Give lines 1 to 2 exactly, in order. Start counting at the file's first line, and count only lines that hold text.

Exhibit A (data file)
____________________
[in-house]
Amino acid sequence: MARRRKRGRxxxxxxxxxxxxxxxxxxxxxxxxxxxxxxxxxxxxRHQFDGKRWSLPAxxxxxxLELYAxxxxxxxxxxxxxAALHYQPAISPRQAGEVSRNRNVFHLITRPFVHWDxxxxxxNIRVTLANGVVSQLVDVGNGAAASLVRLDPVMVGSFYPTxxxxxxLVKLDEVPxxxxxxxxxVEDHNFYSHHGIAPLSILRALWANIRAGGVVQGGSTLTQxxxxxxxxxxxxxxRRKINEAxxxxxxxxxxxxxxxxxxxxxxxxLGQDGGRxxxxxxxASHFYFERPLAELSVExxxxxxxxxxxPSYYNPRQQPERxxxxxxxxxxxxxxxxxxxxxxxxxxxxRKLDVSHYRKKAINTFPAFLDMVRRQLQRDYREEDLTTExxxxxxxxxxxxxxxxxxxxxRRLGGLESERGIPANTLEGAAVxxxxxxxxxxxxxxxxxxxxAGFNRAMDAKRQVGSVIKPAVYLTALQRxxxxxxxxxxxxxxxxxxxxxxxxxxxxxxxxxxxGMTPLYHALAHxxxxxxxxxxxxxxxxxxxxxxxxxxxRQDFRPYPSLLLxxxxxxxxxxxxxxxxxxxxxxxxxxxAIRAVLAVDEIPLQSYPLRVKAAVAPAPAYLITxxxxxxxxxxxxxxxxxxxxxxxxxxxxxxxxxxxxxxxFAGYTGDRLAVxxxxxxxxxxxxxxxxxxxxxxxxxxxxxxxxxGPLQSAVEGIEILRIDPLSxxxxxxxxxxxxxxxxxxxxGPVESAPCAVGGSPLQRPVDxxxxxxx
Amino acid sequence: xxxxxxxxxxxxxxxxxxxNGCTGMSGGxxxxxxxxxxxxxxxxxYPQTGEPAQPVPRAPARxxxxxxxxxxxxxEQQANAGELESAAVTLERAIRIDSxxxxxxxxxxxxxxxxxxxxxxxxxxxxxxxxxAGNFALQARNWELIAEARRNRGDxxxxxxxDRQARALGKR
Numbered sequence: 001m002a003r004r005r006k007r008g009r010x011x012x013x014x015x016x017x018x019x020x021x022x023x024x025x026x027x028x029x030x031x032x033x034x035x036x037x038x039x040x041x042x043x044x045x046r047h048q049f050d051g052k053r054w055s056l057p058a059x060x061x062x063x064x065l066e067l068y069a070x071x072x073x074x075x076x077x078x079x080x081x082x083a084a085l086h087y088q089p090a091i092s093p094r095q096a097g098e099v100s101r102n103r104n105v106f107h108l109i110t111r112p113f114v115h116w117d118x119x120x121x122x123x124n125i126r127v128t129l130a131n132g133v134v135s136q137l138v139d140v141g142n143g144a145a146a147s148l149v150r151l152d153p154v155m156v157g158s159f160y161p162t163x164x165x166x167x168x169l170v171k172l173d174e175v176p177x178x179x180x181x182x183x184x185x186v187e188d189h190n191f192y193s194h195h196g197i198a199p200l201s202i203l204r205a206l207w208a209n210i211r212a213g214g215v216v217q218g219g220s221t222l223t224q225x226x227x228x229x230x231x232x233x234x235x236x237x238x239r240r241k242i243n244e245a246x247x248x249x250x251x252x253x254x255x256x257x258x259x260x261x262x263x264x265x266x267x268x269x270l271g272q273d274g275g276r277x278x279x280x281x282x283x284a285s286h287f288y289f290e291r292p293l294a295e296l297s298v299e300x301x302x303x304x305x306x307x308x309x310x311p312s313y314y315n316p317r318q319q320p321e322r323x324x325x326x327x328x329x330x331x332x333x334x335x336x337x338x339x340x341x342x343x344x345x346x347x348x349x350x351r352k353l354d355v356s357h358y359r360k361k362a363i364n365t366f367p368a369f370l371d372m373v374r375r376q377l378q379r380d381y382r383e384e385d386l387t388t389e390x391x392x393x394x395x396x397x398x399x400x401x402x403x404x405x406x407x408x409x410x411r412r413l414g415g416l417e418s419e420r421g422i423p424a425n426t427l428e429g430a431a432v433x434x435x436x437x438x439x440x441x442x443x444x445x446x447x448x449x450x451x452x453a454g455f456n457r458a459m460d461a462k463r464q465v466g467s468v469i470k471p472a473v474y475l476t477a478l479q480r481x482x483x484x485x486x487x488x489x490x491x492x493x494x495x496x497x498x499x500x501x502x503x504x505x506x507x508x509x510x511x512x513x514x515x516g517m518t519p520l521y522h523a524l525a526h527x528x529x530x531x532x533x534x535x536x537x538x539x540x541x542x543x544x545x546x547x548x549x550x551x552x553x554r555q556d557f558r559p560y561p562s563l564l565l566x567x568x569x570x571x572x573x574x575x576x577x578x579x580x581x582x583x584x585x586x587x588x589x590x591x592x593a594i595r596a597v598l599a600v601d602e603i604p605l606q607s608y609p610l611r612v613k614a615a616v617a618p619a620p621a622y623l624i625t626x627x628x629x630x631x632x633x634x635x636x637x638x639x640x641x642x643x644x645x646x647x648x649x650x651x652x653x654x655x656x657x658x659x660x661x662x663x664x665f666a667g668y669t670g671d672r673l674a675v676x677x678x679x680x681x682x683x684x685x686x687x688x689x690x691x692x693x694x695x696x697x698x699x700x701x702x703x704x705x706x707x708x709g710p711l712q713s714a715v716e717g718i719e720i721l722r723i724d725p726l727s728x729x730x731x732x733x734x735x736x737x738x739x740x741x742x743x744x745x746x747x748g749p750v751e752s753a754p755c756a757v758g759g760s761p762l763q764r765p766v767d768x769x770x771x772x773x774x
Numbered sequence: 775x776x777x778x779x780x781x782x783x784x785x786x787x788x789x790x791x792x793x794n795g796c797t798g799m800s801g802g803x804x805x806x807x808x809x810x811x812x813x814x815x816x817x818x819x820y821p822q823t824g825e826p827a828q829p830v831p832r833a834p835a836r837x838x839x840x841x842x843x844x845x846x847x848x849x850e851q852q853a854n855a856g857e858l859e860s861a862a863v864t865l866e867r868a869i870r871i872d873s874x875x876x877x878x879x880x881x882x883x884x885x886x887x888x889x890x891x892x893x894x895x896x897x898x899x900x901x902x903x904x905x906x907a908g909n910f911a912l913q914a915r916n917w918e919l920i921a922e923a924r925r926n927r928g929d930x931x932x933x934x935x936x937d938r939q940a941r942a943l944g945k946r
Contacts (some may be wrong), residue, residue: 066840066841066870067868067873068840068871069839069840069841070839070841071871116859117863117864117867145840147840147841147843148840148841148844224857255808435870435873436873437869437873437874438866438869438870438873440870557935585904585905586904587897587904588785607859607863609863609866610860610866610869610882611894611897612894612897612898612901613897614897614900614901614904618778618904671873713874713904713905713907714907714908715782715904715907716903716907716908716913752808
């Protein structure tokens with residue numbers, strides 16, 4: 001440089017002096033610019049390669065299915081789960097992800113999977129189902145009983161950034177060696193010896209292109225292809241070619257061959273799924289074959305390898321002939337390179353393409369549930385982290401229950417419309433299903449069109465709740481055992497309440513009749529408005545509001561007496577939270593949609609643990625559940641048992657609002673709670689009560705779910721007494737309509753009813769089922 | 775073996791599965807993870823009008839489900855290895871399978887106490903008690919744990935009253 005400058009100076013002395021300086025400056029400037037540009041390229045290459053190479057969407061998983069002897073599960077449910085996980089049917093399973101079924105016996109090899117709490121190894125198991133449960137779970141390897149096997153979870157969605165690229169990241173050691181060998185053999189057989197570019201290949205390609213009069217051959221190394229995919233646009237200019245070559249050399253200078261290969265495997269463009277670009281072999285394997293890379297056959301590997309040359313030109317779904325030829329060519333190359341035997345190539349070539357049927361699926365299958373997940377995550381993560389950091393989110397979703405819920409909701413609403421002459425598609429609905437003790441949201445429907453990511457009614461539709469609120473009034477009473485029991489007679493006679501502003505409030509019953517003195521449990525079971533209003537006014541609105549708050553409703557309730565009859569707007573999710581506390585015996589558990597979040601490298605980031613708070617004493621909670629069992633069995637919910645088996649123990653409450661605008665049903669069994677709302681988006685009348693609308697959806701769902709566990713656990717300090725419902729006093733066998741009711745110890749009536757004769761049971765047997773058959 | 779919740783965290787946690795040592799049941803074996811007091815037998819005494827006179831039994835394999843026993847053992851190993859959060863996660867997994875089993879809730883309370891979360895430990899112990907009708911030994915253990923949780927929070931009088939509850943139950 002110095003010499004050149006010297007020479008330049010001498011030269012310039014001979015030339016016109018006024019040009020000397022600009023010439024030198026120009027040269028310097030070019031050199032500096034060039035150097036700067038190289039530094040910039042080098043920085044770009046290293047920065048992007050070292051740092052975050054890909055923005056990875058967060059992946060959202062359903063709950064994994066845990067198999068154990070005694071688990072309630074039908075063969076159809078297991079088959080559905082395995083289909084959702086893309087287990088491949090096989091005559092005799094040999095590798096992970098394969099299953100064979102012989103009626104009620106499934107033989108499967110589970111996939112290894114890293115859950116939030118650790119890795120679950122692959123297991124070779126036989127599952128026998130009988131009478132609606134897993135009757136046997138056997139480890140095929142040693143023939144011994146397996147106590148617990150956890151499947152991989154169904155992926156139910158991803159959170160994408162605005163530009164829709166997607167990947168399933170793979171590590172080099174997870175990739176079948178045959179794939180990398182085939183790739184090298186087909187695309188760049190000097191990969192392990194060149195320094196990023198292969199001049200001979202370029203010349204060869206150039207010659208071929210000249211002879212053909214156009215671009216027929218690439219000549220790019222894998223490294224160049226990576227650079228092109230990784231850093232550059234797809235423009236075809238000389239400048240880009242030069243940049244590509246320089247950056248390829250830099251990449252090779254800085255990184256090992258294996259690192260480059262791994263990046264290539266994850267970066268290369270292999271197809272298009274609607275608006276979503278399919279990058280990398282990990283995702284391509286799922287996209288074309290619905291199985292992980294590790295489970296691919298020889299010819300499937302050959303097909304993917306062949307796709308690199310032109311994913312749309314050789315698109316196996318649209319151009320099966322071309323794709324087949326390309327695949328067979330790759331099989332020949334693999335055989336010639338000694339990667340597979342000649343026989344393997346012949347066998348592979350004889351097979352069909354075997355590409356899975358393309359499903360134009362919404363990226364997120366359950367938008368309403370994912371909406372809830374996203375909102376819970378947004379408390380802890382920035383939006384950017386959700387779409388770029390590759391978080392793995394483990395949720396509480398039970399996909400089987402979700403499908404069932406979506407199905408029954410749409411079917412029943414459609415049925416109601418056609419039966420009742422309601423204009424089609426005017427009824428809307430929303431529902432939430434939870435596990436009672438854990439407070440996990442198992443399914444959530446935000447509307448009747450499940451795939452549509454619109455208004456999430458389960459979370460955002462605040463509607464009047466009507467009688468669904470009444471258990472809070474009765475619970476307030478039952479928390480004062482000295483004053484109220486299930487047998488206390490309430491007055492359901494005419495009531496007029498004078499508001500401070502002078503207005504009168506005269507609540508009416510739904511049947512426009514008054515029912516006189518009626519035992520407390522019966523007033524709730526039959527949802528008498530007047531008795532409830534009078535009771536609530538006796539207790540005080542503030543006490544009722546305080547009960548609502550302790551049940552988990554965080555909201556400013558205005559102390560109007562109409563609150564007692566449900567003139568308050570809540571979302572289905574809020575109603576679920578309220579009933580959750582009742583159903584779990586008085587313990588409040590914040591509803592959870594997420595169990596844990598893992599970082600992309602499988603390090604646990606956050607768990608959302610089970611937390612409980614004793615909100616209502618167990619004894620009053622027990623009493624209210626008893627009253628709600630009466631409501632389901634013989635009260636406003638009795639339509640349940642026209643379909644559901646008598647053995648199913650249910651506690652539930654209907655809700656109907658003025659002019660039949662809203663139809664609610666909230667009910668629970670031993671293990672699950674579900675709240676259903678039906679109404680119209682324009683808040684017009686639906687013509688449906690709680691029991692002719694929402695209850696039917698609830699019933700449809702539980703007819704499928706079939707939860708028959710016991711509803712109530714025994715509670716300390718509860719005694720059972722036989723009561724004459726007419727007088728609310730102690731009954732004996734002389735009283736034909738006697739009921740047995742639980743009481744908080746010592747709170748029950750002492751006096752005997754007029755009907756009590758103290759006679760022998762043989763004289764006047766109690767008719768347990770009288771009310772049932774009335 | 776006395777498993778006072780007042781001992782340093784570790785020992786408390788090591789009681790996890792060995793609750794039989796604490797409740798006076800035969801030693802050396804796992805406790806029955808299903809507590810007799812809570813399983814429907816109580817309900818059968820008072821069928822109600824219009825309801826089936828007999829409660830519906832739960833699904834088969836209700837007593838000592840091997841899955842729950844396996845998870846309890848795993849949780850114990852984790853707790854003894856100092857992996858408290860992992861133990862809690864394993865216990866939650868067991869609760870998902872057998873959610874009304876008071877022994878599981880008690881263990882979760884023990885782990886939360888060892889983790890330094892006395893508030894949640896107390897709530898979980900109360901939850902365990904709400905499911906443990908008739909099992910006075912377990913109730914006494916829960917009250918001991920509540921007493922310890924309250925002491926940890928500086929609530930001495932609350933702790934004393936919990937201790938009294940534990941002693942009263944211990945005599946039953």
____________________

[in-house]
Amino acid sequence: MARRRKRGRxxxxxxxxxxxxxxxxxxxxxxxxxxxxxxxxxxxxRHQFDGKRWSLPAxxxxxxLELYAxxxxxxxxxxxxxAALHYQPAISPRQAGEVSRNRNVFHLITRPFVHWDxxxxxxNIRVTLANGVVSQLVDVGNGAAASLVRLDPVMVGSFYPTxxxxxxLVKLDEVPxxxxxxxxxVEDHNFYSHHGIAPLSILRALWANIRAGGVVQGGSTLTQxxxxxxxxxxxxxxRRKINEAxxxxxxxxxxxxxxxxxxxxxxxxLGQDGGRxxxxxxxASHFYFERPLAELSVExxxxxxxxxxxPSYYNPRQQPERxxxxxxxxxxxxxxxxxxxxxxxxxxxxRKLDVSHYRKKAINTFPAFLDMVRRQLQRDYREEDLTTExxxxxxxxxxxxxxxxxxxxxRRLGGLESERGIPANTLEGAAVxxxxxxxxxxxxxxxxxxxxAGFNRAMDAKRQVGSVIKPAVYLTALQRxxxxxxxxxxxxxxxxxxxxxxxxxxxxxxxxxxxGMTPLYHALAHxxxxxxxxxxxxxxxxxxxxxxxxxxxRQDFRPYPSLLLxxxxxxxxxxxxxxxxxxxxxxxxxxxAIRAVLAVDEIPLQSYPLRVKAAVAPAPAYLITxxxxxxxxxxxxxxxxxxxxxxxxxxxxxxxxxxxxxxxFAGYTGDRLAVxxxxxxxxxxxxxxxxxxxxxxxxxxxxxxxxxGPLQSAVEGIEILRIDPLSxxxxxxxxxxxxxxxxxxxxGPVESAPCAVGGSPLQRPVDxxxxxxx